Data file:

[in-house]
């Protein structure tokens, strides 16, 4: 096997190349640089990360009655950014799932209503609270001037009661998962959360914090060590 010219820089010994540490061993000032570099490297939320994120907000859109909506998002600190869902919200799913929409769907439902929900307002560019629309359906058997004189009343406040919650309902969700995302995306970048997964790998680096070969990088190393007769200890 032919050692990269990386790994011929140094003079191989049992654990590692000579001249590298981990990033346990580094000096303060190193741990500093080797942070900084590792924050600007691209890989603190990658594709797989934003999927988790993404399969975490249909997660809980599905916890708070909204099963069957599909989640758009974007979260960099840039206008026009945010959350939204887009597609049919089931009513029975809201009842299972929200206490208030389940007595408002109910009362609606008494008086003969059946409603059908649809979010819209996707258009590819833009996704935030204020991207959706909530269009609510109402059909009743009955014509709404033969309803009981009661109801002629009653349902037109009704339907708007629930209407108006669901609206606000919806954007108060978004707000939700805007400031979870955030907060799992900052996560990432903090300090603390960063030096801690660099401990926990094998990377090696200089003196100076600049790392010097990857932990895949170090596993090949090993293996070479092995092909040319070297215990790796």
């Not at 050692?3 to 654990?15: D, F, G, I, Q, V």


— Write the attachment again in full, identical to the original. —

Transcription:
[in-house]
């Protein structure tokens, strides 16, 4: 096997190349640089990360009655950014799932209503609270001037009661998962959360914090060590 010219820089010994540490061993000032570099490297939320994120907000859109909506998002600190869902919200799913929409769907439902929900307002560019629309359906058997004189009343406040919650309902969700995302995306970048997964790998680096070969990088190393007769200890 032919050692990269990386790994011929140094003079191989049992654990590692000579001249590298981990990033346990580094000096303060190193741990500093080797942070900084590792924050600007691209890989603190990658594709797989934003999927988790993404399969975490249909997660809980599905916890708070909204099963069957599909989640758009974007979260960099840039206008026009945010959350939204887009597609049919089931009513029975809201009842299972929200206490208030389940007595408002109910009362609606008494008086003969059946409603059908649809979010819209996707258009590819833009996704935030204020991207959706909530269009609510109402059909009743009955014509709404033969309803009981009661109801002629009653349902037109009704339907708007629930209407108006669901609206606000919806954007108060978004707000939700805007400031979870955030907060799992900052996560990432903090300090603390960063030096801690660099401990926990094998990377090696200089003196100076600049790392010097990857932990895949170090596993090949090993293996070479092995092909040319070297215990790796």
């Not at 050692?3 to 654990?15: D, F, G, I, Q, V």